Compressor starts immediately after breaker is turned on regardless of temperature setting. Turn thermostat down and fan comes on and cools until satisfied and shuts off, but compressor continues to run and will stop after approximately 4-5 mintes and start again for approximately 5 minutes and start again without fan. Thermostat seems to control fan, but compressor will run regardless except, if fan is off compressor may be shutting off for high head pressure?
a 6ya expert can help you resolve that issue over the phone in a minute or two.
best thing about this new service is that you are never placed on hold and get to talk to real repairmen in the US.
the service is completely free and covers almost anything you can think of (from cars to computers, handyman, and even drones).
click here to download the app (for users in the US for now) and get all the help you need. goodluck!
- If you need clarification, ask it in the comment box above.
- Better answers use proper spelling and grammar.
- Provide details, support with references or personal experience.
Tell us some more! Your answer needs to include more details to help people.You can't post answers that contain an email address.Please enter a valid email address.The email address entered is already associated to an account.Login to postPlease use English characters only.
Tip: The max point reward for answering a question is 15.
Multiple problems. Eliminate thermostat first. Remove face from wall and turn on breaker. If fan still runs you have a bad board or bad relay. If fan outside is running compressor should be too. These operate on same contactor. Verify you are getting 24 volts to coil side of contactor. If odf stops working and contactor remains pulled in you have a bad motor. If odf motor stops working the compressor will shut off due to overheating.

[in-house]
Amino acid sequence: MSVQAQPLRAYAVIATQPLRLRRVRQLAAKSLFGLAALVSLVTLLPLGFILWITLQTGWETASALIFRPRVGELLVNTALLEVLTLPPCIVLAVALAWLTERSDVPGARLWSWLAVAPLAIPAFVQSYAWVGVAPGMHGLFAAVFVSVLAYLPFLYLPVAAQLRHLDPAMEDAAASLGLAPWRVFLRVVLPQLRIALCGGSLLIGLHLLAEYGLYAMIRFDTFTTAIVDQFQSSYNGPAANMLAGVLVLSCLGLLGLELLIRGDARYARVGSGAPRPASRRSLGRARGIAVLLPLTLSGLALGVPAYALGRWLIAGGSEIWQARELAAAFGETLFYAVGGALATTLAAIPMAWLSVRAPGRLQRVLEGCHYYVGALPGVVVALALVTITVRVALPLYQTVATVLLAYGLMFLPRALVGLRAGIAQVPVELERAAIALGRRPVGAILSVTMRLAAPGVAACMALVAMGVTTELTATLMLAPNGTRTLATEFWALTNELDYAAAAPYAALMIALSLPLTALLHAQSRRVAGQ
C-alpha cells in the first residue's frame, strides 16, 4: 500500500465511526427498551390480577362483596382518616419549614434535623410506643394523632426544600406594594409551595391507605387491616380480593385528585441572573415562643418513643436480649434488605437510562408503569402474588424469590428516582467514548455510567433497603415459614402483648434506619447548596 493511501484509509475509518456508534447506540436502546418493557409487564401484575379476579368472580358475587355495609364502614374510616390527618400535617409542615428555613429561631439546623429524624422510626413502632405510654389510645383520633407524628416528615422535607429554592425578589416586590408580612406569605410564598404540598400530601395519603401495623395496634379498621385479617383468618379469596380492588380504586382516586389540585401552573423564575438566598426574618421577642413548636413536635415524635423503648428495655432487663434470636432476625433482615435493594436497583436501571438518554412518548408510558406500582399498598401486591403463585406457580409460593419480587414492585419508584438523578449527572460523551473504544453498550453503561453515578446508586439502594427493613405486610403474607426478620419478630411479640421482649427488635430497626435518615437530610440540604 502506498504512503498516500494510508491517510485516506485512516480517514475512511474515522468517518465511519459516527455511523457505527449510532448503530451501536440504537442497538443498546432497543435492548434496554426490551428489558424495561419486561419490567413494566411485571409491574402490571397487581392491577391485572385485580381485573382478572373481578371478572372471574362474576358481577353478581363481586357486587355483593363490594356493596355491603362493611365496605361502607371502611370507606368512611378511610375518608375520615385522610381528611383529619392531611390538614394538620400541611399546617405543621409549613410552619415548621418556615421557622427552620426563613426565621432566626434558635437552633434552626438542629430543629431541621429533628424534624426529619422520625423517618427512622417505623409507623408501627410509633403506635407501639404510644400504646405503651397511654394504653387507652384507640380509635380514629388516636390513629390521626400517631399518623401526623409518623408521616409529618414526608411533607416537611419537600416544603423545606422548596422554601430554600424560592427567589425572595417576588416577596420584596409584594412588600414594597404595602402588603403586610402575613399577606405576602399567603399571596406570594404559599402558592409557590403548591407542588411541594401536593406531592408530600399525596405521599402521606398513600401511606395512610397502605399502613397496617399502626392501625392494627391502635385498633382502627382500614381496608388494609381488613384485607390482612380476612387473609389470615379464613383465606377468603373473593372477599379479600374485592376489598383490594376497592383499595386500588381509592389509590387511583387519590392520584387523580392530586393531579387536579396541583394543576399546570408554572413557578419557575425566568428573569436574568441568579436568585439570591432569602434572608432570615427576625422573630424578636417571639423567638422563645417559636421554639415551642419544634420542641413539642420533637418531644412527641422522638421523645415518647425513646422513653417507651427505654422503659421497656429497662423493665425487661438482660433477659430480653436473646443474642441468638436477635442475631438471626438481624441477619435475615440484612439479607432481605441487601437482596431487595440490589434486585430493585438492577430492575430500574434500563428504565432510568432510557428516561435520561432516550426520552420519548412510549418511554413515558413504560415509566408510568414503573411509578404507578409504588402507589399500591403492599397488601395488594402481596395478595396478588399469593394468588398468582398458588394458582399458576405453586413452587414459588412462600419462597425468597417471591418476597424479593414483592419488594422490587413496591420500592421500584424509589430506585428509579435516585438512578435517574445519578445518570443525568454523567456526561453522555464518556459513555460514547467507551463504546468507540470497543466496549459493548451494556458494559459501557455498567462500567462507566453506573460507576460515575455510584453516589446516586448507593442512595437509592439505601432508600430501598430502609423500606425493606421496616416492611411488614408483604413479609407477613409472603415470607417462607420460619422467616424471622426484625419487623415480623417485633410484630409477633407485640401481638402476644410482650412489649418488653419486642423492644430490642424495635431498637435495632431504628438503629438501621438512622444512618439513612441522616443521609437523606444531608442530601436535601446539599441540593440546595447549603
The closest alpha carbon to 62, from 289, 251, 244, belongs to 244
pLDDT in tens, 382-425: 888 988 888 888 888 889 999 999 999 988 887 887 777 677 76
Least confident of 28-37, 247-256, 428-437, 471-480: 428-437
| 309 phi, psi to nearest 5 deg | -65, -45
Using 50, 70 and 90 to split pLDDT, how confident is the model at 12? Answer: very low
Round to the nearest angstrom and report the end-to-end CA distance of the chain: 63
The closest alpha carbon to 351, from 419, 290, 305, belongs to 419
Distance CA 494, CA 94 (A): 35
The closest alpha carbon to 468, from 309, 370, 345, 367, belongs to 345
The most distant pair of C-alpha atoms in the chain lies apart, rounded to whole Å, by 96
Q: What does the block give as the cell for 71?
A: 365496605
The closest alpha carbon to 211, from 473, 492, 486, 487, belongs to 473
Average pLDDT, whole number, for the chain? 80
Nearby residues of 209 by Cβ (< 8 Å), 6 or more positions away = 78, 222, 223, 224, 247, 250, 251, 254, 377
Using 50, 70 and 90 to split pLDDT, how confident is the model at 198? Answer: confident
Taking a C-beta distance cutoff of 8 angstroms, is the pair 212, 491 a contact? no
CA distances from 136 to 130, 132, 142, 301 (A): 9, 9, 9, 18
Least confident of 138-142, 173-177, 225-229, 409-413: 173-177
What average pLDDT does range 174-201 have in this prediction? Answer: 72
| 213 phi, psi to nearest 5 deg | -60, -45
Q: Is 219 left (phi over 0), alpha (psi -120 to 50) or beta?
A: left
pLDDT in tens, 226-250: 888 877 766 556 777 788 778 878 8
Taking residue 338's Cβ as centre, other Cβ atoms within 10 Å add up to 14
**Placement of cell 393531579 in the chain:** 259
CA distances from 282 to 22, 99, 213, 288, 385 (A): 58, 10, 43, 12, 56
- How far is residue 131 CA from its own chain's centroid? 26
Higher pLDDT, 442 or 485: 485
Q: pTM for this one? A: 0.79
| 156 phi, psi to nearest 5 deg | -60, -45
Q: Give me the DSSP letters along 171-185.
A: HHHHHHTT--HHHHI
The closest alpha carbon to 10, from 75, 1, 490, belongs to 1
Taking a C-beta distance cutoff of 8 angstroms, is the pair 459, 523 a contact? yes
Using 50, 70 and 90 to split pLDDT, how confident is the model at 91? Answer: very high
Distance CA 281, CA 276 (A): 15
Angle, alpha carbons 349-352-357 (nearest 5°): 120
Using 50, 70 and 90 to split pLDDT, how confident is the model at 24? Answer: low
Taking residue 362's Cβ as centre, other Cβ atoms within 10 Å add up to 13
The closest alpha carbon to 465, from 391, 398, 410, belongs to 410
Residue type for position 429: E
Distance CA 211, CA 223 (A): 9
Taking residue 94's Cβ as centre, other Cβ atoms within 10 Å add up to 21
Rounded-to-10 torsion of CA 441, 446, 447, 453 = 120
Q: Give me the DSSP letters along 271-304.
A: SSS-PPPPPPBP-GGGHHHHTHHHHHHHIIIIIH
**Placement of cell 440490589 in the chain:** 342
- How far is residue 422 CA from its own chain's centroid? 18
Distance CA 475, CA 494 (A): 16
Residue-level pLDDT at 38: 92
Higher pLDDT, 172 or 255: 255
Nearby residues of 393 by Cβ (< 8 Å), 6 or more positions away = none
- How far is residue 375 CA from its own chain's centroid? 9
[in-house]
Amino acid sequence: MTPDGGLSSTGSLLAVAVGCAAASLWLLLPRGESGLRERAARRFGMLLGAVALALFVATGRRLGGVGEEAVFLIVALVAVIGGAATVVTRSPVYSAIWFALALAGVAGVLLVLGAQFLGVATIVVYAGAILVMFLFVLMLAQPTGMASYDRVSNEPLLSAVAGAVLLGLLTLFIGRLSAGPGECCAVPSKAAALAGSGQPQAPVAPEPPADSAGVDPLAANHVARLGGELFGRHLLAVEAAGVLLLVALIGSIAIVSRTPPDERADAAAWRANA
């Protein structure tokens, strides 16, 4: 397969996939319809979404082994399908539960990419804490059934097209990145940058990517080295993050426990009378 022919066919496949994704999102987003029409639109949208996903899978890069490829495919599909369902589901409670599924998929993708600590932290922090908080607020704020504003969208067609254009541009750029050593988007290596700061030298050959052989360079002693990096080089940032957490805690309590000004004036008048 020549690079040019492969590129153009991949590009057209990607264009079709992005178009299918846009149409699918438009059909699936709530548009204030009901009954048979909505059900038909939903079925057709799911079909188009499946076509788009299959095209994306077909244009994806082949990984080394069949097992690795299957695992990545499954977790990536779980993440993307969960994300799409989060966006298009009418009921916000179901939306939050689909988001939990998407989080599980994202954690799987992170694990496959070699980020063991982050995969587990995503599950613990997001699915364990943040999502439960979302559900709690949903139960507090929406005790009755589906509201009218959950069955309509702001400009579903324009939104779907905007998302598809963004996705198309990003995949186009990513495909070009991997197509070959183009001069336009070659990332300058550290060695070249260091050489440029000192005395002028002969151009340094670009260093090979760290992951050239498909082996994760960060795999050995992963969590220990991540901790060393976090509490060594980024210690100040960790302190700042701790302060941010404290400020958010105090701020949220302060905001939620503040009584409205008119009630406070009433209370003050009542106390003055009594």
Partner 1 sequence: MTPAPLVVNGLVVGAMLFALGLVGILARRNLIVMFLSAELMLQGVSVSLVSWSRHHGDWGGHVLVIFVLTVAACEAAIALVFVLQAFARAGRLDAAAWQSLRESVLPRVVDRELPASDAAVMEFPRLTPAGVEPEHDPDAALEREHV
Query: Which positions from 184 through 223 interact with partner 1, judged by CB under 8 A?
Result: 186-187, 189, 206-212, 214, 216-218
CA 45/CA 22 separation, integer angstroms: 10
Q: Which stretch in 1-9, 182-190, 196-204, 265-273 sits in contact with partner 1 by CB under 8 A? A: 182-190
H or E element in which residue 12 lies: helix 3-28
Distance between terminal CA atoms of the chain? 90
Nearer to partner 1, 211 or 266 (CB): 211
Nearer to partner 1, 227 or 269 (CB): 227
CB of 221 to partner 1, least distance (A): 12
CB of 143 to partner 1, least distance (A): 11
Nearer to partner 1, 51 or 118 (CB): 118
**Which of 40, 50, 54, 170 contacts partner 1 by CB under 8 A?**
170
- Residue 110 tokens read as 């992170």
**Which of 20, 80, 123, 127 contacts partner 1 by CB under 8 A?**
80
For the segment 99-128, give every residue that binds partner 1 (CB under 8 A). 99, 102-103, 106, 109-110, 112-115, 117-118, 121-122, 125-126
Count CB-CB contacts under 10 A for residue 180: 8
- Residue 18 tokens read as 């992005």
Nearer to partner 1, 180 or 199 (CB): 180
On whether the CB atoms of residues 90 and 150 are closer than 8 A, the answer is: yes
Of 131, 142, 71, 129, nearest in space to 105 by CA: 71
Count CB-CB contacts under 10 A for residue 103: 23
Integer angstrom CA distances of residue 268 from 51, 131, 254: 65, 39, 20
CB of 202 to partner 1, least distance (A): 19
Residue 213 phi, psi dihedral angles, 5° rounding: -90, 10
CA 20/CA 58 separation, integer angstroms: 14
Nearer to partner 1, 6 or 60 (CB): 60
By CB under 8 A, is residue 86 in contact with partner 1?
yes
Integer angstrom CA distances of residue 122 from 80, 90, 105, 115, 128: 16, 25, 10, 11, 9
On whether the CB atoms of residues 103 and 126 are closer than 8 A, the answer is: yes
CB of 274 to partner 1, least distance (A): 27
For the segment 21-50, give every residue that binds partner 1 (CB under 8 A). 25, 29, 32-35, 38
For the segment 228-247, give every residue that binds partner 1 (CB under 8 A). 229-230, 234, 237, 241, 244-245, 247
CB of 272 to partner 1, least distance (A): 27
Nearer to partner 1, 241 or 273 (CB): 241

If your central air conditioner doesn't go on automatically:
1) Be sure the thermostat is set to “cool” and that the set temperature is well below the ambient temperature.
2) A central air conditioner should be on a dedicated 240-volt circuit; check the main electrical panel and any secondary circuit panels for a tripped breaker or blown fuse. If you find the problem there, reset the breaker or replace the fuse.
3) Make sure the furnace power switch is turned on and that the outdoor condenser's power switch, which is mounted on the outdoor unit, hasn't been shut off. Also, be sure the 240-volt disconnect next to the compressor, which is in a metal box, usually mounted on the house wall, hasn't been shut off.
4) Turn off the power to the air conditioner and check the thermostat.
5) Remove the thermostat's cover and unscrew the wire from the Y terminal.
6) Turn the power back on.
7) Holding the wire by its insulation ONLY, touch the bare end to the R terminal and hold it there for about two minutes. If the compressor kicks on, the thermostat is faulty; replace it or call an air-conditioning technician. If the compressor doesn't go on when you hold the two wires together, turn the power back off and call a technician.